Saturday, 27 January 2018

Learning for my Art...

Make sure you know your birds!
Image courtesy of Jrrobinantony via Wikipedia.
Being a writer, I’ve decided, has to be the most stimulating job there is. The research process takes you down a lot of highways and byways, some of them dark and some of them full of sunlight and pixie dust. 

They do say you should write about what you know, but sometimes characters take you places where you haven't been before. The more diverse your characters, the broader your own range of knowledge has to be. If you have a character who’s a birdwatcher, that character’s going to notice the birds around them and they’re going to recognise their songs. That means that you need to know what sort of birds they’re likely to see, where and when. So, no yellow wagtails in the deep winter of the Western Isles, please. 

I’m treading very carefully on strange ground at the moment. A main character in my work in progress has a hobby that’s alien to me: she reads the tarot cards. And that’s a steep learning curve. 

I’m lucky to have a friend who’s a tarot reader and happy to give me advice — but I can’t rely on her goodwill indefinitely. (“What card reading would give me this message?” “What set of cards would be relevant to that situation?”) That means I have to take some responsibility on myself and learn. 

I’m at a very early stage. The first thing I’ve had to do is drop all my preconceived ideas about tarot cards. They don’t tell your fortune. They offer you a reading of the situation that’s up to you to interpret. So that’s the first thing.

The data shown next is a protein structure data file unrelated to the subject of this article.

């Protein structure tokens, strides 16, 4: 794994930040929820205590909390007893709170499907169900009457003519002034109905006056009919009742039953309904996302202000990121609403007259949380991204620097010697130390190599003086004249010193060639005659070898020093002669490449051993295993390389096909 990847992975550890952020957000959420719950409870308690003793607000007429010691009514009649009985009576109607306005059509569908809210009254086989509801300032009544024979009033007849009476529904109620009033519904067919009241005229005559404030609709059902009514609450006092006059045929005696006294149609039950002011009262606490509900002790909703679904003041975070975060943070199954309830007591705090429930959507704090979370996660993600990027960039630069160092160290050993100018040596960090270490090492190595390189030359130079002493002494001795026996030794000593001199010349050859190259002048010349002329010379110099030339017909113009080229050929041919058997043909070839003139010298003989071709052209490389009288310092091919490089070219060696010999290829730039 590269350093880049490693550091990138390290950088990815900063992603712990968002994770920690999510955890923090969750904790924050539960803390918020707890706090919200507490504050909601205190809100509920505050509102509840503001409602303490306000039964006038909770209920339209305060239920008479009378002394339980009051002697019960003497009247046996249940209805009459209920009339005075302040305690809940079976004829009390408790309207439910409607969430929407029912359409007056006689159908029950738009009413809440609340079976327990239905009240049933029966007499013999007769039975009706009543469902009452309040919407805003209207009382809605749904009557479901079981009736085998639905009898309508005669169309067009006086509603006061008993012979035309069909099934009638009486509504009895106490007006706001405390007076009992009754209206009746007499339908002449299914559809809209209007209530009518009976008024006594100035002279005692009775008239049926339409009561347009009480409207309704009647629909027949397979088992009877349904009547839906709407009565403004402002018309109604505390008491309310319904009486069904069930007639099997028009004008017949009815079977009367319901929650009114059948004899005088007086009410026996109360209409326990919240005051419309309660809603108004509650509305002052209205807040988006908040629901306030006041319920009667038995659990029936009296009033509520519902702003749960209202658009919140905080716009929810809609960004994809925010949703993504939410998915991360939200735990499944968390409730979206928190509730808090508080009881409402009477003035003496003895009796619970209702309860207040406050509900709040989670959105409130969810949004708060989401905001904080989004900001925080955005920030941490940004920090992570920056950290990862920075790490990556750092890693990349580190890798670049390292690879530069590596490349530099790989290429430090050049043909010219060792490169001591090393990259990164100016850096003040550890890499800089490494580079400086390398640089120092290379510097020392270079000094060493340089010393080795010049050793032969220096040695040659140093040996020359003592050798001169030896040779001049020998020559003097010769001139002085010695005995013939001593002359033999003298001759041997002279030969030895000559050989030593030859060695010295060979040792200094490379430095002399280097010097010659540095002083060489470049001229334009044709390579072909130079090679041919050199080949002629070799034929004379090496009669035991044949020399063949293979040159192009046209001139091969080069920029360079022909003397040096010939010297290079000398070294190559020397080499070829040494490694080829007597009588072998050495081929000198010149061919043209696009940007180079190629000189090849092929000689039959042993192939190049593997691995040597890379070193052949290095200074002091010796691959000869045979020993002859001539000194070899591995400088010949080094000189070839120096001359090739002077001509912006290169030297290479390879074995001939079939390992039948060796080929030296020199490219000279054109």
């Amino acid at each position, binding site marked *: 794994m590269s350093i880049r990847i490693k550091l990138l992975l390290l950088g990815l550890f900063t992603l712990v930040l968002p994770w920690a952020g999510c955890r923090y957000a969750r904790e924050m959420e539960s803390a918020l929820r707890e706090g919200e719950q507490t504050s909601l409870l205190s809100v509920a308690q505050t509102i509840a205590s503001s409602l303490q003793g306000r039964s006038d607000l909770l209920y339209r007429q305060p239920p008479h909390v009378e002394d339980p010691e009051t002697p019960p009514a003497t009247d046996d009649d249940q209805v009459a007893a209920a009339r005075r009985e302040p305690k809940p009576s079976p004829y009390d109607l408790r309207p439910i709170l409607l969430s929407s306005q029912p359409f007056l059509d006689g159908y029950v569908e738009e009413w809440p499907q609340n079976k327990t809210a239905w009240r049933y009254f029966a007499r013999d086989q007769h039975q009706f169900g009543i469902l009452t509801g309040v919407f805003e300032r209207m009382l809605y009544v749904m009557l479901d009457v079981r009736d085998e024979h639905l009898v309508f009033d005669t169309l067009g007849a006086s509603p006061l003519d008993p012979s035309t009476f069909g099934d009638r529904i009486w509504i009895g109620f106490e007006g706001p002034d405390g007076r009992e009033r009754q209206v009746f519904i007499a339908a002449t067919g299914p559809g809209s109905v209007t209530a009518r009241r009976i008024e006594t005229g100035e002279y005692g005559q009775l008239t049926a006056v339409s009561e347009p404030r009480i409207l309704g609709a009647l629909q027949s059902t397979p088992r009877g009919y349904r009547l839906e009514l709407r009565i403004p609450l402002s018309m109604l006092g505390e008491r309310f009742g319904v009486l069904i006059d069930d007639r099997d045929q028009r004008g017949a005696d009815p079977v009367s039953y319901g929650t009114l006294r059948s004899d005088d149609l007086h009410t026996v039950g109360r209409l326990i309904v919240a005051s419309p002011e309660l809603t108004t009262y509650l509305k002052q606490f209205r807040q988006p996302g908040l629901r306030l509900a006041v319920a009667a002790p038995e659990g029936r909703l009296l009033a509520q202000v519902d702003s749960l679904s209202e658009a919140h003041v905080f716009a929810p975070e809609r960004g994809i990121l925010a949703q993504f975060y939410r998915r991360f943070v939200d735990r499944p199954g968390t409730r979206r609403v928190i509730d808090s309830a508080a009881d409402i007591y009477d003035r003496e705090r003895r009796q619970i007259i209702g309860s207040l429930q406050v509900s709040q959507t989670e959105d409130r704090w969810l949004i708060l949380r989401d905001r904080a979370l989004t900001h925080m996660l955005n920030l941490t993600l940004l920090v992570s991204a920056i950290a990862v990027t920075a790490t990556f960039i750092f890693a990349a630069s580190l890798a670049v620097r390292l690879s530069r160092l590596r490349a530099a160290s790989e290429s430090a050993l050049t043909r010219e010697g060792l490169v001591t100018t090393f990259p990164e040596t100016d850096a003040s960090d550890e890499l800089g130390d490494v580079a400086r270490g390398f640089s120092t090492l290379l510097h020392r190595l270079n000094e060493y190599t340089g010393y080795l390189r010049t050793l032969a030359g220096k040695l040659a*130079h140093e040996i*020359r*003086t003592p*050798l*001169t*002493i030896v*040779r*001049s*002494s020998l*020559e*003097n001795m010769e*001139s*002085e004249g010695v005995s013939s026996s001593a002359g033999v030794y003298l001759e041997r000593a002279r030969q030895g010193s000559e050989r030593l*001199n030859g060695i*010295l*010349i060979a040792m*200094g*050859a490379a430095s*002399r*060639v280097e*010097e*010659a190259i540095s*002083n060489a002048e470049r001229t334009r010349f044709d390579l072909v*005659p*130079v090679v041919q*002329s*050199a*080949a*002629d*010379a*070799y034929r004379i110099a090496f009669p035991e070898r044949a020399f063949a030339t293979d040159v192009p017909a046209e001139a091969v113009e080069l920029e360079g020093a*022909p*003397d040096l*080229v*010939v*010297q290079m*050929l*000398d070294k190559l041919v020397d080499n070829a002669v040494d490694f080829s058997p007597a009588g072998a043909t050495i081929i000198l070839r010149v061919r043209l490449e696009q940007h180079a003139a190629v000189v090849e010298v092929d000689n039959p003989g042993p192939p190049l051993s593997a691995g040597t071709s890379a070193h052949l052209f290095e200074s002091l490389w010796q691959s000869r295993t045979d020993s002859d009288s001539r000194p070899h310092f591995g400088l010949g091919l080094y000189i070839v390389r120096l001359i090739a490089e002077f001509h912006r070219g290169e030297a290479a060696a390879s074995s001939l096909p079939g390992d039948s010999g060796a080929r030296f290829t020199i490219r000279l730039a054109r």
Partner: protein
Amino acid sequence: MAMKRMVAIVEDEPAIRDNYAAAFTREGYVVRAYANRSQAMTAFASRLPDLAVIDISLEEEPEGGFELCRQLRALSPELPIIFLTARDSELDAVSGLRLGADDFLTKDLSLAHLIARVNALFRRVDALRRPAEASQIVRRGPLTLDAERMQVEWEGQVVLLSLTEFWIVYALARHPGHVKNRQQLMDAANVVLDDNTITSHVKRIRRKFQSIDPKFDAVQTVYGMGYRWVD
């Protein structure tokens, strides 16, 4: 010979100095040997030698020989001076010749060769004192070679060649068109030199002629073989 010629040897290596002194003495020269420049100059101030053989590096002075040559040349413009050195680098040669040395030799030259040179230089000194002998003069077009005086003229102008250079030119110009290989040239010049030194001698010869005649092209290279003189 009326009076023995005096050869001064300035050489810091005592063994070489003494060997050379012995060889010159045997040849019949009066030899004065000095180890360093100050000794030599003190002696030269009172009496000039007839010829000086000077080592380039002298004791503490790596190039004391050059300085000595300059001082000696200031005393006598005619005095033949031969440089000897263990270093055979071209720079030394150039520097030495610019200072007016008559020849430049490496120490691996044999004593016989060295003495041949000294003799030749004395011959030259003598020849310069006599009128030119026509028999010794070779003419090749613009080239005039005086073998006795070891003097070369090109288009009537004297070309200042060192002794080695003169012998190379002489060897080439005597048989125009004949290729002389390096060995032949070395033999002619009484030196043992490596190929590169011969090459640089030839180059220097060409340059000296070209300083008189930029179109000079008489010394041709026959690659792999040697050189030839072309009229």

The second is to learn to read the cards. I have a book, I have my friend, and I have a particularly good website — but although they all use the same cards, they give slightly different descriptions of what that card means. For example the infamous Hanged Man — Wikipedia has it as meaning “self-sacrifice more so than it does corporal punishment or criminality”, while other sources give it a  second meaning to go alongside this: that the old must give way to the new. Applying different meanings to every card (and those meanings also vary as to how the cards are laid out, but that gets very complicated) means a lot of reading and a lot of thought. 

And then, as a writer, it gets even more difficult. Laying out the cards and deciding what they say is one thing. Finding a spread of cards that gives the messages you want your characters to receive is altogether different. The only way I can see that working is to buy a set of tarot cards and try it for myself.


  1. Great post, Jennifer. I read Tarot cards as well. To me the Hanged Man symbolizes balance and calm, as we hang from the tree of life. Have you read the Seventy Eight Degrees of Wisdom? Very comprehensive.

    1. Oh, how interesting! That's a third interpretation, then. No, I haven't read that, but I'll follow that up.
      By training I'm a scientist, but as a writer I have a completely open mind.

  2. I do agree that being a writer takes you down all sorts of interesting by-ways. And now I'm fascinated by your tarot card 'problem', looking forward to seeing how it turns out in print :)

  3. This intriguing post reminds me of Ann Lamott's brilliant book Bird by Bird - Instructions on writing and life. Tarot cards are a bit like life. You never know where they're going to take you.

  4. I have a pack of Tarot cards in our cupboard. We bought it about 25 years ago, but unfortunately the instruction booklet was too confusing. I have yet to use them properly. Hats off to you for using it in your writing.

  5. Sounds an interesting project, Jennifer and wonderful that you're learning as you write. I know very little about tarot cards, so look forward to reading your WIP and learning something too. : )

  6. I've always been fascinated - and slightly scared I admit - by tarot cards. Looking forward to how you deal with it in your book Jennifer.